If you want to find inflation, look to housing. You won't find it in consumer goods and services, where PCE inflation is running at a tepid 2.7% and core PCE inflation at a downright cool 1.6%. And as the BLS tells us this morning, you won't find it at the producer level, either.
The Producer Price Index for Finished Goods fell 0.6 percent in May, seasonally adjusted, the Bureau of Labor Statistics of the U.S. Department of Labor reported today. This decline followed a 0.6-percent increase in April and a 0.7-percent advance in March. At the earlier stages of processing, prices received by manufacturers of intermediate goods decreased 0.7 percent in May, after rising 0.8 percent in the preceding month, while the crude goods index moved down 2.0 percent, following a 2.7-percent jump in April.Finished goods inflation has fallen from 5.0% in November 2004 to just 3.5% now in May. Intermediate goods inflation is down from 9.9% in November to 6.3% in May, and volatile crude goods inflation has plummeted from 25.2% in November to a mere shadow of its former self at 6.1%.
The story is especially interesting when you simply remove energy goods. Non-energy finished goods inflation stands in May at just 2.2%; non-energy intermediate goods inflation is at 4.6%; and non-energy crude goods are actually back in deflationary mode, with an annual price change of -4.1%.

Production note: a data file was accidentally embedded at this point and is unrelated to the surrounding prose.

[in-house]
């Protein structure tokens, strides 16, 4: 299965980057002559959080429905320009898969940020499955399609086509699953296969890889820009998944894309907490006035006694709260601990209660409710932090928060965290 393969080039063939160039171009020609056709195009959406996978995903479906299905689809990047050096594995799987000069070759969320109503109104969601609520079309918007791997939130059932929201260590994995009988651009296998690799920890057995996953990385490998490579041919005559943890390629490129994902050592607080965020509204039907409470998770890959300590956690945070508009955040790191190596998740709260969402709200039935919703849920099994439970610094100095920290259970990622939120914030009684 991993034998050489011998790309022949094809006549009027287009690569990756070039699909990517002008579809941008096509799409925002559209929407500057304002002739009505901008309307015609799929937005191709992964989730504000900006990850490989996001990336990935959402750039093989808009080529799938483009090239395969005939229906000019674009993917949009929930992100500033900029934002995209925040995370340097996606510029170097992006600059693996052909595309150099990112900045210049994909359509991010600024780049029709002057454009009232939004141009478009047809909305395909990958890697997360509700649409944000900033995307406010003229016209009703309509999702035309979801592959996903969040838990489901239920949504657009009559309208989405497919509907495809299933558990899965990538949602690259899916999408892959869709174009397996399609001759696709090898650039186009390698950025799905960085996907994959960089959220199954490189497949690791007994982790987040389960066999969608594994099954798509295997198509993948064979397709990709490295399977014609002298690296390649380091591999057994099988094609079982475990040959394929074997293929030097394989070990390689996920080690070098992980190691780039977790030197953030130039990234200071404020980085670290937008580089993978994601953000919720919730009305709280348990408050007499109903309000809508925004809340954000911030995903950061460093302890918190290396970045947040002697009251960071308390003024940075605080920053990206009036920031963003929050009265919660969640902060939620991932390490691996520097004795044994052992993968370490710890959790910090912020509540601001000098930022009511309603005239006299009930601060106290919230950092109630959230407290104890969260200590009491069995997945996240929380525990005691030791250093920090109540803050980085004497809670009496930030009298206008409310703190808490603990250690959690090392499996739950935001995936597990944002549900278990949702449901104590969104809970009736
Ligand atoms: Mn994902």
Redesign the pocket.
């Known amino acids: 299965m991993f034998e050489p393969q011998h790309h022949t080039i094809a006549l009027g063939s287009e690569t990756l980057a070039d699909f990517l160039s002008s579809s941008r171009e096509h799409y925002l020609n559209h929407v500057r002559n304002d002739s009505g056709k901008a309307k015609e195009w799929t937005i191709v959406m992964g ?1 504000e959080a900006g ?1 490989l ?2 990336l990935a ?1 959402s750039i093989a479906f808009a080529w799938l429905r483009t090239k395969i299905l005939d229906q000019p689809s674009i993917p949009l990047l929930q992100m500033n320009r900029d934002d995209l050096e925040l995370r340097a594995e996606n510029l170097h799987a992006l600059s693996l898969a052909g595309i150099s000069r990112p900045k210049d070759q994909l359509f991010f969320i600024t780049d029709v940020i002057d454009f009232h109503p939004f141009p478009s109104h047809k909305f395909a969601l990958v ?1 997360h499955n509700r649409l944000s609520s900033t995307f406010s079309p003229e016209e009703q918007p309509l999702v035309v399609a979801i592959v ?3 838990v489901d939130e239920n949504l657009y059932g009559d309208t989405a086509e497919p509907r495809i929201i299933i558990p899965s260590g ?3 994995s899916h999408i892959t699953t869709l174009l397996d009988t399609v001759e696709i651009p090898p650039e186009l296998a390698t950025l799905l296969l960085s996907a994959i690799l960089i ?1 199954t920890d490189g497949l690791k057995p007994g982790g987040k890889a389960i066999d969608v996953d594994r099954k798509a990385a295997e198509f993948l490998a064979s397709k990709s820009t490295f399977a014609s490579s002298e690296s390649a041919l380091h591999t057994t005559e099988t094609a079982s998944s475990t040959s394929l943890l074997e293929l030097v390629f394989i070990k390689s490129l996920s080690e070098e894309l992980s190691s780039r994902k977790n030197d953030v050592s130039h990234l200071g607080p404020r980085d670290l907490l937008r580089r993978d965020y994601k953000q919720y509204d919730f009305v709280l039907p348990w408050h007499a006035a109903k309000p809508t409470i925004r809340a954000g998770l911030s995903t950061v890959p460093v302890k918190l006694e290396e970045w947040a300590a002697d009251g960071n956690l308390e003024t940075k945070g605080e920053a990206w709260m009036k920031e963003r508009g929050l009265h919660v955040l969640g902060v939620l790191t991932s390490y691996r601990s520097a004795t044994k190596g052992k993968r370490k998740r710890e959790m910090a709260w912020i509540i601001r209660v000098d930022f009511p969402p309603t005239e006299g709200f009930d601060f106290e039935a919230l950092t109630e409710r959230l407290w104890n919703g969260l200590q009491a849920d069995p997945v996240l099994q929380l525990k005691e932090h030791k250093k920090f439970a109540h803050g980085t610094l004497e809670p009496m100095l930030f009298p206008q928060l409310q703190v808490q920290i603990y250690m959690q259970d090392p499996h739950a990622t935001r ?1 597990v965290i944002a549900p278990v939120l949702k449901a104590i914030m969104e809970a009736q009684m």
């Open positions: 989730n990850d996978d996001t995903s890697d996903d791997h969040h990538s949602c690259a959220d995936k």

The tie-ins to the housing market are interesting as well. Prices on softwood lumber have plunged, -10.8% from May 2004. Prices on hardwood lumber are down as well, -1.7% y-o-y. Plywood prices are vanishing before our eyes, -22.3% since this time last year, and millwork prices up just 2.4%.
The prices of stuff to put in your new house are staying tame as well. Wholesale furniture prices are up 3.6% (although retail furniture and bedding is actually -0.6%) and floor coverings prices are up 8.2% (although up a much tamer 2.0% at the retail level), but home appliances are up only 1.6%, lawn and garden equipment up just 0.7%, and home electronics prices continue to fall, -3.5% since May 2004.
So it appears the PPI report offers lots more fuel for the housing fire: less pressure for interest rate hikes past June; cheaper wood for construction; low inflation on things to stuff all thoses new (and newly bought) houses with.
The May CPI report comes out tomorrow. Look for more disinflation there as well, especially in light of the weak May retail sales report. We may even begin creeping back to the days of late 2003 when "deflation" was on everybody's lips.